ATLANTA — Georgia voters are waiting to see if a runoff will be called between Republican David Perdue and Democrat Jon Ossoff. Independent Shane Hazel captured enough votes to make the runoff likely.
The race is one of two U.S. Senate seats from Georgia that could be headed for a runoff. Meaning, Georgia has the chance to change the makeup of the Senate.
Races go to a runoff when neither of the candidates gets a margin of 50% plus one vote. The two candidates with the most votes qualify for the runoff.
In a special election to fill the seat formerly held by Johnny Isakson, who stepped down at the end of 2019 for health reasons, Republican Kelly Loeffler, who Georgia Gov. Brian Kemp appointed to fill the seat, will face Democrat Raphael Warnock in a runoff on January 5. Warnock leads the race with more than 30% of the vote.
The Georgia Senate races are being closely watched across the nation as voters elect the next U.S. president between Republican Donald Trump and Democrat Joe Biden, as Democrats hope to capture the Senate majority, while Republicans hope to make gains in the U.S. House.
Georgia was the only state with two senate races on the ballot.
Keep in mind some vote totals will round up - as of 8:00 a.m. on Friday, the Secretary of State's website shows Perdue at 49.84%, below where he needs to be to avoid a runoff with Ossoff.
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Who is David Perdue?
David Perdue, who turns 71 on December 10, was elected as Georgia's junior senator in 2014.
Perdue was born in Macon, Georgia, and grew up in Warner Robins. He earned a degree in industrial engineering and a master’s in operations research from Georgia Tech.
Perdue and his wife Bonnie have been married for 46, according to his bio. They have two sons and three grandsons.
The U.S. Senate was Perdue's first public office. Before that, Perdue held several prominent positions as business executive with Reebok, Dollar General and Sara Lee.
Perdue's cousin, Sonny, is a two-term former Georgia governor and current U.S. Secretary of Agriculture.
Perdue has no connections to Perdue Chicken.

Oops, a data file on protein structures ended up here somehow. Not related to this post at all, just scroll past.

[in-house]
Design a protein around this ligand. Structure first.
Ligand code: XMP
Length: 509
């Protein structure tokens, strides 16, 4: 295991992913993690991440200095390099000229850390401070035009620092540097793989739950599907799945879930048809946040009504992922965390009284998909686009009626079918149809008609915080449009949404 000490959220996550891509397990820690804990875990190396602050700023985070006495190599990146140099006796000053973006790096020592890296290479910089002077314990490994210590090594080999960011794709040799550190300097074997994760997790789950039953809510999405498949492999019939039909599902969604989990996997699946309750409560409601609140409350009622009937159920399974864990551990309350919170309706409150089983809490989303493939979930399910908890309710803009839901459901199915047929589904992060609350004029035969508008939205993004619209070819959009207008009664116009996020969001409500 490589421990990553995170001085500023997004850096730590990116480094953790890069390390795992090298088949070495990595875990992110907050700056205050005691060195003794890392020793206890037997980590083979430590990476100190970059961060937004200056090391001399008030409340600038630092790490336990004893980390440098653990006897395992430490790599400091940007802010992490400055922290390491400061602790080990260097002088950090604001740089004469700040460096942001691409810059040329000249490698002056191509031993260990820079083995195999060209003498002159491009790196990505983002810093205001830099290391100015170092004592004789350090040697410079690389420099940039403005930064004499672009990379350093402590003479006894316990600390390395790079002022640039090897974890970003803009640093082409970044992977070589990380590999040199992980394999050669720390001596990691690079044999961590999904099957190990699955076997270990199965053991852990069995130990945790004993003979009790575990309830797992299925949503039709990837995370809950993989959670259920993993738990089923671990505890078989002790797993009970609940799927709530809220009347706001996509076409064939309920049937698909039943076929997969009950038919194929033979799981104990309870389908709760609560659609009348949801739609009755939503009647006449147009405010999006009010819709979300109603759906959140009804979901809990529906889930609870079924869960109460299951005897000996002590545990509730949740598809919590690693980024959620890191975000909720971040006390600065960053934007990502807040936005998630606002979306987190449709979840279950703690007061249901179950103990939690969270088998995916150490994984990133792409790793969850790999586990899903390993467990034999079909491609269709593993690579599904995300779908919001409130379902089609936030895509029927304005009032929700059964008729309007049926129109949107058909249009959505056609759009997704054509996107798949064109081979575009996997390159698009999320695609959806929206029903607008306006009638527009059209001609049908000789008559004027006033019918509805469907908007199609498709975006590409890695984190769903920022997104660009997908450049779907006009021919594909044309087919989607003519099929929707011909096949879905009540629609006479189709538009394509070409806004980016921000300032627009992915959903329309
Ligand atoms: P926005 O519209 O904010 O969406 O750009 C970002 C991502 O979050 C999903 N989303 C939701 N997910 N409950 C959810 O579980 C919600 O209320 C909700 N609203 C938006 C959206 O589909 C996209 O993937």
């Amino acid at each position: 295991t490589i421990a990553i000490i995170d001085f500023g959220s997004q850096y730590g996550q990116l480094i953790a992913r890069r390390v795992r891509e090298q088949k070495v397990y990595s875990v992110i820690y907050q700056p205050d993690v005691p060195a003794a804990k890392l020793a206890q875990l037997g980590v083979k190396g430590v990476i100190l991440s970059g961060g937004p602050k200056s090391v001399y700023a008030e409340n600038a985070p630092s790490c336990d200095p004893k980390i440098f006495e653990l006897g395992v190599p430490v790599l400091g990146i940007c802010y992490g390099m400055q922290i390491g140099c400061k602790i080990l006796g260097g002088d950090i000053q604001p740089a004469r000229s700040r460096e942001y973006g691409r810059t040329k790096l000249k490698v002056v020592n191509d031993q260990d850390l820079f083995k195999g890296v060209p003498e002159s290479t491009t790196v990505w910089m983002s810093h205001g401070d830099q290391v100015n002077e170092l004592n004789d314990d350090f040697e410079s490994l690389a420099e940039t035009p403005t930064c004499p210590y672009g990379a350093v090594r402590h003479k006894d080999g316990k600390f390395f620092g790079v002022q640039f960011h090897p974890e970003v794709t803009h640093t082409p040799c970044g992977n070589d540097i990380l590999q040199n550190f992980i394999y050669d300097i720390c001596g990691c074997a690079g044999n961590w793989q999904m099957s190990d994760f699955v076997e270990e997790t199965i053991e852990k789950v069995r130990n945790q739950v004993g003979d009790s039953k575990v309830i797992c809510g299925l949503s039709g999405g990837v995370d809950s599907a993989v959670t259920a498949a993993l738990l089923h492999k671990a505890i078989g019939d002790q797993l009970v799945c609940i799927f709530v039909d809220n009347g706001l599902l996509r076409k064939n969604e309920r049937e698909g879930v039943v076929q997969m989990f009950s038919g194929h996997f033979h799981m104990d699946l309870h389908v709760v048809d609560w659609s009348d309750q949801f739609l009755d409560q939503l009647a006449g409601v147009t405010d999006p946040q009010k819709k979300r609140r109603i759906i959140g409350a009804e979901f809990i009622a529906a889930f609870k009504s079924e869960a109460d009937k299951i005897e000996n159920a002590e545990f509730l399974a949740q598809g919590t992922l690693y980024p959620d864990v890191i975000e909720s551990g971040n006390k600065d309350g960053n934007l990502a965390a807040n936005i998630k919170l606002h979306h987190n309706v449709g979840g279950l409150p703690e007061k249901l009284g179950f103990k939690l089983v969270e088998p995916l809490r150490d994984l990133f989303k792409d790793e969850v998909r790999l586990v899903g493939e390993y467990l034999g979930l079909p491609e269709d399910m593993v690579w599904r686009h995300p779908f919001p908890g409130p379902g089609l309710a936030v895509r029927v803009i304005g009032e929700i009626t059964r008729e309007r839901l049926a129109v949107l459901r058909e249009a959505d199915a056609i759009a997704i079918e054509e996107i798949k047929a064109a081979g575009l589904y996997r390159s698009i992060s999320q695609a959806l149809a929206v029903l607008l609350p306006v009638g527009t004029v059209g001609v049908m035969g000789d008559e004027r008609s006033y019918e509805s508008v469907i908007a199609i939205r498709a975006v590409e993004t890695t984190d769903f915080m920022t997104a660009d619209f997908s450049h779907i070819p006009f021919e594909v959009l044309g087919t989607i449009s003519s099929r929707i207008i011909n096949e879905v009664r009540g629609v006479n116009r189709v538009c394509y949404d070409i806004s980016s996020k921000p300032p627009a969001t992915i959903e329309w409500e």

Who is Jon Ossoff?
Jon Ossoff was born in Atlanta.
Ossoff, who has never held public office, is described in his website bio as a "media executive, investigative journalist, and small business owner." Since 2013, he has served as CEO of Insight TWI, a media company that says it produces "fresh, daring factual content and high-impact journalism."
Ossoff's wife, Alisha, is an OB/GYN physician at a metro Atlanta hospital.
Ossoff first rose to political prominence when he ran a tight race against Karen Handel in Georgia's 6th Congressional District race to replace Republican Tom Price in 2017 after Trump selected Price to be Health and Human Service Secretary. The race between Ossoff and Handel quickly became one of the most expensive in the nation's history, with Handel besting Ossoff in a runoff election, 51.78 percent to 48.22 percent.
Who is Shane Hazel?
According to Ballotpedia, Hazel was born in Alma, Mich. and served in the United States Marine Corps from 2001 to 2009. he earned a bachelor’s degree from the University of Georgia in 2006.
Most polls have the Libertarian candidate far behind Ossoff and Perdue, but he could have a major impact: should he pull enough of the vote to prevent either favored candidate from reaching more than 50%, it would force a runoff.
When would the Georgia U.S. Senate runoff be held?
Should no candidate receive more than 50% of the vote on November 3, a runoff between the top two vote-getters would be held on Jan. 5, 2021.
When will Georgia election results be announced?
The short answer is, that is uncertain. It's likely that some of the Georgia races will be called on election night, but tallying for others may not be finished that day.
The state has seen record early voting and absentee voting numbers, which can easy voter gridlock on election day, plus it puts voting data into computer databases more quickly.
While some counties have started opening and processing ballots, the votes can't actually be tabulated until after polls close on election day, per state law.